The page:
I’m a bit of a map geek, and in my youth I spent many hours playing Sim City, so it’s no surprise I was excited to play Monopoly City Streets. The game is a heavily-modified version of the classic board game, played out across the map of the world. You compete with players from all over the planet to buy streets, build properties, and amass as much cash as possible.
The first thing I noticed was that the map display uses Google Maps, but the site actually uses OpenStreetMap data for gameplay. Actually, the first thing I noticed was that their servers were being absolutely crushed by all the people rushing in the play the game, but I digress. OpenStreetMap is a really cool project to build mapping data using the same model as Wikipedia – interested volunteers add and verify data and everything is covered by a Creative Commons License.
Building a game with this data is so obvious in retrospect that I’m surprised I haven’t seen it done before (if you’ve seen any other games played across a real world map like this, let me know in the comments below). Now that they have their servers sorted out, it’s a relatively fun game, though more simplistic than I had hoped. It’s so simplistic, in fact, that I’m going to tell you two ways to make tons of cash quickly.
Tactic #1: Do the math
The basic way to make money is by buying streets, which generate rent every turn, and building properties on those streets, which also generate rent. For now, I’m going to ignore making money speculatively by buying desirable streets and selling them for a profit later.
Streets always generate 10% of their cost in rent, but the rent of each building is determined by the building cost, the cost of the street, and a static multiplier for each building. You can see a full list of list of building costs and rents here, but the main thing to look at is return on investment. The more expensive the building, the lower the multiplier – so there’s no reason to buy anything but the cheapest buildings.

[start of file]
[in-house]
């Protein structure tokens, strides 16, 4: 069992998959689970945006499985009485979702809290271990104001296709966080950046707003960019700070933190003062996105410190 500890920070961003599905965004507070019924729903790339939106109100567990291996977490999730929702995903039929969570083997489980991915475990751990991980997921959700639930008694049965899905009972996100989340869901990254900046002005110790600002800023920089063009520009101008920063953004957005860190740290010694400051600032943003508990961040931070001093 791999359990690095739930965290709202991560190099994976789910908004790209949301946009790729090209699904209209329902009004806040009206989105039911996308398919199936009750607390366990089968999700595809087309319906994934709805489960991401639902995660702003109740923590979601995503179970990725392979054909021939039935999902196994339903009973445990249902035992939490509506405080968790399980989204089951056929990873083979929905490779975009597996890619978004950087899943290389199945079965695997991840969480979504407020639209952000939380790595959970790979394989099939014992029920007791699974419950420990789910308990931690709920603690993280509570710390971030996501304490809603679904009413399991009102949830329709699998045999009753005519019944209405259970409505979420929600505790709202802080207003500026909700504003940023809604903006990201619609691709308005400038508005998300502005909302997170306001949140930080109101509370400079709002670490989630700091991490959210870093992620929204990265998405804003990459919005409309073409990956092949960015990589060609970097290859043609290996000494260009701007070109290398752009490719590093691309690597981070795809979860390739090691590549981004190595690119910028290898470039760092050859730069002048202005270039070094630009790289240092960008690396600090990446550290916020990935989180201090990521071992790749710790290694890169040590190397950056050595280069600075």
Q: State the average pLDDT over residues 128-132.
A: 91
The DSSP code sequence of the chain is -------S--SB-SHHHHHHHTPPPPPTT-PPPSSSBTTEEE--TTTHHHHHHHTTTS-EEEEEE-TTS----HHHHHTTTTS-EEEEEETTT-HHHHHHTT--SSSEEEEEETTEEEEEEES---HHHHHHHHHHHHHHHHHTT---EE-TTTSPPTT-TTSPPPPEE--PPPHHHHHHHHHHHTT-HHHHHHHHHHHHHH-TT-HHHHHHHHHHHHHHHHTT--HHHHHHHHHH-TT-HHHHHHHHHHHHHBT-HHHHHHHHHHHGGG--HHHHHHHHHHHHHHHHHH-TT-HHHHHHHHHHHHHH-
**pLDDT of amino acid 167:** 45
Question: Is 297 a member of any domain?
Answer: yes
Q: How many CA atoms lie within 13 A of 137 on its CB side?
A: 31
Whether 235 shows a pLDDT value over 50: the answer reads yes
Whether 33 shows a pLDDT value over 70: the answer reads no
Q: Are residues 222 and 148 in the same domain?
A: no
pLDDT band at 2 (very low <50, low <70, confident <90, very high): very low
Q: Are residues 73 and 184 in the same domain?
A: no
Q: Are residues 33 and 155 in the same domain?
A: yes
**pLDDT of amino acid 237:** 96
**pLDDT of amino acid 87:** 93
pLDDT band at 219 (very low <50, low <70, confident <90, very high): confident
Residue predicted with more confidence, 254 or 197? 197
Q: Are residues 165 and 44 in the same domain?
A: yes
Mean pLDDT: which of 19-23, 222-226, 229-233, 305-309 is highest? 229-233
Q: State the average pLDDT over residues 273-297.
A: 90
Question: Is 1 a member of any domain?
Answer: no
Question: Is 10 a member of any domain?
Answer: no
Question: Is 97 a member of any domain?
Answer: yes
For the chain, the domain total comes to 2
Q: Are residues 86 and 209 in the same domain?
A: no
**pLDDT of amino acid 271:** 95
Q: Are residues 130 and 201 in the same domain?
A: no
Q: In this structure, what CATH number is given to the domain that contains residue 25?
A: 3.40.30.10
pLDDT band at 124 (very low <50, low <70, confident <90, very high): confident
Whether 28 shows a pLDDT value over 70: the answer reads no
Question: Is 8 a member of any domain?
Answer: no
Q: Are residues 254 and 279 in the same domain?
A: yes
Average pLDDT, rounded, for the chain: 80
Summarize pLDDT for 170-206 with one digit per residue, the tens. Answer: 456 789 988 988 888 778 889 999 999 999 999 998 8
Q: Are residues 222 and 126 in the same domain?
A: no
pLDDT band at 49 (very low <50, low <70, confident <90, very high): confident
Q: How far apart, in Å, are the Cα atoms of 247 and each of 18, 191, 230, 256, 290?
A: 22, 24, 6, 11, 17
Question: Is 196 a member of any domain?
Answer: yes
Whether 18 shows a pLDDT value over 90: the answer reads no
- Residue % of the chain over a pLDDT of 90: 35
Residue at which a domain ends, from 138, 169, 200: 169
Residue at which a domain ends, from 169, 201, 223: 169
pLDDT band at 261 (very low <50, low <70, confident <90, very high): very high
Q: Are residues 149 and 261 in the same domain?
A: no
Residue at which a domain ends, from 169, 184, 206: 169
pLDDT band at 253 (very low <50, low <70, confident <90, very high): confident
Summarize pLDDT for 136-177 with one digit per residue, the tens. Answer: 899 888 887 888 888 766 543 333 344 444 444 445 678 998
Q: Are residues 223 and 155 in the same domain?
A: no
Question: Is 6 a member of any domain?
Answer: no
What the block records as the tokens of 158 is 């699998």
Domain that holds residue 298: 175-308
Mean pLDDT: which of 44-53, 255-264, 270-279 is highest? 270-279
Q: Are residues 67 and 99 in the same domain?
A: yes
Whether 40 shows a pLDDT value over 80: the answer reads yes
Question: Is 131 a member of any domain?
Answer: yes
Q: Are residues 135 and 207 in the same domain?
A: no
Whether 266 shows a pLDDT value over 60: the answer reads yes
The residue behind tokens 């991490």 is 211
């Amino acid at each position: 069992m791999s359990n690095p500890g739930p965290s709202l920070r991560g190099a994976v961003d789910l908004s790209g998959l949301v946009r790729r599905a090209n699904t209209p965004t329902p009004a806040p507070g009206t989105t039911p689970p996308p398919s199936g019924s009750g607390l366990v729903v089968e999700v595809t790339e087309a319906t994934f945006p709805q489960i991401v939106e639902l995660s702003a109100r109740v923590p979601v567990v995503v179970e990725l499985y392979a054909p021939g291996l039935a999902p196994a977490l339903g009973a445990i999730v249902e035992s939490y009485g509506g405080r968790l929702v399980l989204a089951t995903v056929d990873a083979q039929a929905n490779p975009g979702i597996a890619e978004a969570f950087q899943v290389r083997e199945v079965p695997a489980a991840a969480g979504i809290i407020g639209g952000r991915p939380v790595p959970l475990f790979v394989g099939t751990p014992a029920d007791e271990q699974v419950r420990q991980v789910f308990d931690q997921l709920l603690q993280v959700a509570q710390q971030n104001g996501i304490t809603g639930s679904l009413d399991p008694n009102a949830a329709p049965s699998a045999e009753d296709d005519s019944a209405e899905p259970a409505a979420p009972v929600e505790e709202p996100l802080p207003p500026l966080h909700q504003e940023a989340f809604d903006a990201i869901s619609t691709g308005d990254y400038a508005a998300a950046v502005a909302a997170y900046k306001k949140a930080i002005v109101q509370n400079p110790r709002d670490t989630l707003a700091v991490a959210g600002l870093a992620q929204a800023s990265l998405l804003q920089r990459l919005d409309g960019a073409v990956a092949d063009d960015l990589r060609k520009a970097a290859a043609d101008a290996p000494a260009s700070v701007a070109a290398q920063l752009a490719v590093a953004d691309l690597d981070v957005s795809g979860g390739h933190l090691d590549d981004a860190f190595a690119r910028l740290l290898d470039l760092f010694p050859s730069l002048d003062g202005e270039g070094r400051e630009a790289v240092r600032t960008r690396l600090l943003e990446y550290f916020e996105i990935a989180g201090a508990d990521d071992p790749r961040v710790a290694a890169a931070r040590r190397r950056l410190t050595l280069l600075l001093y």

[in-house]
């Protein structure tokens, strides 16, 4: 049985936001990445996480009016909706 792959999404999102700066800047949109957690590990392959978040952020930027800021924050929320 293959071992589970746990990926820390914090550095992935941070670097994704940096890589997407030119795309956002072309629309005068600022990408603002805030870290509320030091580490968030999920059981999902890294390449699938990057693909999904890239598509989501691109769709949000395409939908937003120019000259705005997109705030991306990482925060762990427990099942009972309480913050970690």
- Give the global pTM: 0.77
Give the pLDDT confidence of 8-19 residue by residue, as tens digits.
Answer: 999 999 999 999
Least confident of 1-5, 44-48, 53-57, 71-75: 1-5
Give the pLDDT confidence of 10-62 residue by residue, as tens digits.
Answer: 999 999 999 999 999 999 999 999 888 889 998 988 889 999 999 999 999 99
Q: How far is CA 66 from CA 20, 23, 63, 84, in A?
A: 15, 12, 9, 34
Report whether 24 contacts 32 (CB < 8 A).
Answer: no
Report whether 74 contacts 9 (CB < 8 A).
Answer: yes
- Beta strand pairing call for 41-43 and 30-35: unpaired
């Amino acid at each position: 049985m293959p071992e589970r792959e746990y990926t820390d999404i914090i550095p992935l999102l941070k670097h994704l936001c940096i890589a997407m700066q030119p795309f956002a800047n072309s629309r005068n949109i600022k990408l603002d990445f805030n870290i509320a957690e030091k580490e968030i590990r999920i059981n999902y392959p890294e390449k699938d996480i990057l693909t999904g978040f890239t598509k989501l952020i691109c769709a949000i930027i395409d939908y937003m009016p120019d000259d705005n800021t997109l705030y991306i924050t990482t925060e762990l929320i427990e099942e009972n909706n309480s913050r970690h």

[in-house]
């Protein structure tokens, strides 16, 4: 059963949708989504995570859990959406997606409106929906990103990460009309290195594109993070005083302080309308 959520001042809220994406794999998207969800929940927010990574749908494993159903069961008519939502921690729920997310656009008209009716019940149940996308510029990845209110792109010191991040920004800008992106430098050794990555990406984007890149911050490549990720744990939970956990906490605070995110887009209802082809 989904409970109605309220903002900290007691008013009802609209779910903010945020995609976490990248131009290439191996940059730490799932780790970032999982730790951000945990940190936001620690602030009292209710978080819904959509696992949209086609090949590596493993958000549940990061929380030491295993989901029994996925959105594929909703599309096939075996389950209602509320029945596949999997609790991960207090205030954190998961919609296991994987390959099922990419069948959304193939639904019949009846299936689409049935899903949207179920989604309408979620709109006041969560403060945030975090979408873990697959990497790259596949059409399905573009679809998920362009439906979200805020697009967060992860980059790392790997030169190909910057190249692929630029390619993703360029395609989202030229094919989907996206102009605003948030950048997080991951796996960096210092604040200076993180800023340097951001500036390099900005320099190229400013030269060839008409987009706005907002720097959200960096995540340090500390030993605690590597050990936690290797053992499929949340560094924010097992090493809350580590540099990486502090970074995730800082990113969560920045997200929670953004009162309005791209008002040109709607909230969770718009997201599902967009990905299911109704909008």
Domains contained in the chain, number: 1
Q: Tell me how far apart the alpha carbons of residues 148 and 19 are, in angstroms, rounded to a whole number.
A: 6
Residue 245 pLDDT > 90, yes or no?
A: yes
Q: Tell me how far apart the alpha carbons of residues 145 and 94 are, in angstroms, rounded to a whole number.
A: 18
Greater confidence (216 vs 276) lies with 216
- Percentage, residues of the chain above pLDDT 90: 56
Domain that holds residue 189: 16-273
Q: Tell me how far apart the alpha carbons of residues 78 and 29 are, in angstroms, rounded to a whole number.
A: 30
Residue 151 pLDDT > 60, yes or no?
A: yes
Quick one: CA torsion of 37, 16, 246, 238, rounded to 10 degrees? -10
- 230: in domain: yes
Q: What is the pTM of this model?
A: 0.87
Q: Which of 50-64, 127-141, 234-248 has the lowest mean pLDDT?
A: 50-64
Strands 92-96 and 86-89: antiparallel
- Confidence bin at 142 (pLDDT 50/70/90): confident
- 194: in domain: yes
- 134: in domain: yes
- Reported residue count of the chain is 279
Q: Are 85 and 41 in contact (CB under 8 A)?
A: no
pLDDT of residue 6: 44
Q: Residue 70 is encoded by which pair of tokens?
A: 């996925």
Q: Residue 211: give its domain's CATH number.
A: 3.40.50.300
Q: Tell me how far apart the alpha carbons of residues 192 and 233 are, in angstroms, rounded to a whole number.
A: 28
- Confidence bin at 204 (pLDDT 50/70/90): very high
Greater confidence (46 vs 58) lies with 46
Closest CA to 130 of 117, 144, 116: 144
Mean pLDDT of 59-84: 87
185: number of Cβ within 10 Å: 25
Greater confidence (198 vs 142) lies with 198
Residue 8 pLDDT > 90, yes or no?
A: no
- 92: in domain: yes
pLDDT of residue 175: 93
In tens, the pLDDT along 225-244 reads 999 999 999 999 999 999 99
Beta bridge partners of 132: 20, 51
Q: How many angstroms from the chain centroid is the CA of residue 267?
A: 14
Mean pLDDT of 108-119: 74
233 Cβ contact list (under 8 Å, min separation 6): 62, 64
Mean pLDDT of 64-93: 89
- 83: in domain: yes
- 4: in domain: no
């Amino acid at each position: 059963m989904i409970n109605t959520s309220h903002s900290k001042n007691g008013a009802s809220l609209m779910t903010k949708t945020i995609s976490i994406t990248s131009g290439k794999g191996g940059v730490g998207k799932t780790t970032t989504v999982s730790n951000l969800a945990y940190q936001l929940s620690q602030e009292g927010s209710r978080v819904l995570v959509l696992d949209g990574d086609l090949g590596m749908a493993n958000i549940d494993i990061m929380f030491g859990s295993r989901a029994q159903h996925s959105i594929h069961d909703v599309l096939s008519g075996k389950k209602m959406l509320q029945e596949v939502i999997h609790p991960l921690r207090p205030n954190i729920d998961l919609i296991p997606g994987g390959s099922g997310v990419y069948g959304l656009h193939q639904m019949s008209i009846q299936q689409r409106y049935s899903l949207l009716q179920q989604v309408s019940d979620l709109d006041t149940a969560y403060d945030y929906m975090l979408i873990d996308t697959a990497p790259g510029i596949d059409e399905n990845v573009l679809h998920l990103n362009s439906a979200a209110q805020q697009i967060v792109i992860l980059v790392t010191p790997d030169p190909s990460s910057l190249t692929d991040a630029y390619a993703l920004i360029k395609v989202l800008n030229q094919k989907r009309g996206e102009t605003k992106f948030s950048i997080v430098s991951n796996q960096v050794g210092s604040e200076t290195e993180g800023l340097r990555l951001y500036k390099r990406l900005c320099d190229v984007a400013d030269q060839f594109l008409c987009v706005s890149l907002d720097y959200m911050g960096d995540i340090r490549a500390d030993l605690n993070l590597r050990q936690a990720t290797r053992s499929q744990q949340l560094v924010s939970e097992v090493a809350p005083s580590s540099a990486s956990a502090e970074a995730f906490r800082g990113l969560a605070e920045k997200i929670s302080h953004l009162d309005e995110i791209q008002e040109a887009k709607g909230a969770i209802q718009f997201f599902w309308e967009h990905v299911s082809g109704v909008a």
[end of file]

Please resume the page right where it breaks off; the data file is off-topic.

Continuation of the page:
If you buy the cheapest property, the Green House, for $50,000, and place it on a street that cost $100,000, you will earn a total of ($100,000 * 10%) + ($50,000 * 10%) = $15,000. If you build that same house on a million-dollar street, you’ll earn ($1,000,000 * 10%) + ($50,000 * 100%) = $150,000. In the first case you get about 10% return while in the latter case you get about 14%. What’s more, since houses on million-dollar streets return 100% each turn, and streets only return 10%, it makes sense to buy houses rather than streets.
Here’s a spreadsheet with more numbers to illustrate:
Now since other players can eliminate your rent by placing hazards on your streets, it makes sense to diversify a little bit and buy a few. But you should always buy million-dollar streets, and favor the smallest buildings.
This tactic breaks down once streets become a scarce resource, but since you’re playing on a world map that’s not likely to happen soon.
Tactic #2: Cheat
I’m not actually recommending anyone do this, but since some users had impossible first-day totals my guess is the cat’s already out of the bag. A video game is just like any other system, and clever (and/or unscrupulous) players can take advantage of the rules or step outside the rules to gain advantage. In this case we need to think about the other ways players get money – when you sign up, you get $3 million and each day you log in you get $1 million. Since players can bid on each others’ properties, there’s nothing to stop someone from creating many accounts, and making extravagant offers for properties owned by one hub account. This funnels money to one player much faster than collecting rent would.
Is this abuse? I didn’t actually see a written policy forbidding it (though I didn’t read all the fine print on the site). But my thought is yes, it’s abusive, because it confers such a large advantage that it will tend to make the game less fun for other players. The folks at EA need to decide if this is the case and think about taking steps to detect this behavior, prevent it, and mitigate existing bad behavior.
Even if this is fixed, though, the math in the game is too simple and doesn’t lead to much interesting gameplay. The buying-and-selling of desirable streets adds some flavor, but it’s largely a gold rush for players who logged in early. If you’re not first in to get Pennsylvania Avenue or the Champs Elysees, your best bet is to find random long streets away from the cities and fill them with boring houses. Which is sadly similar to the development patterns in the U.S. over the last 60 years.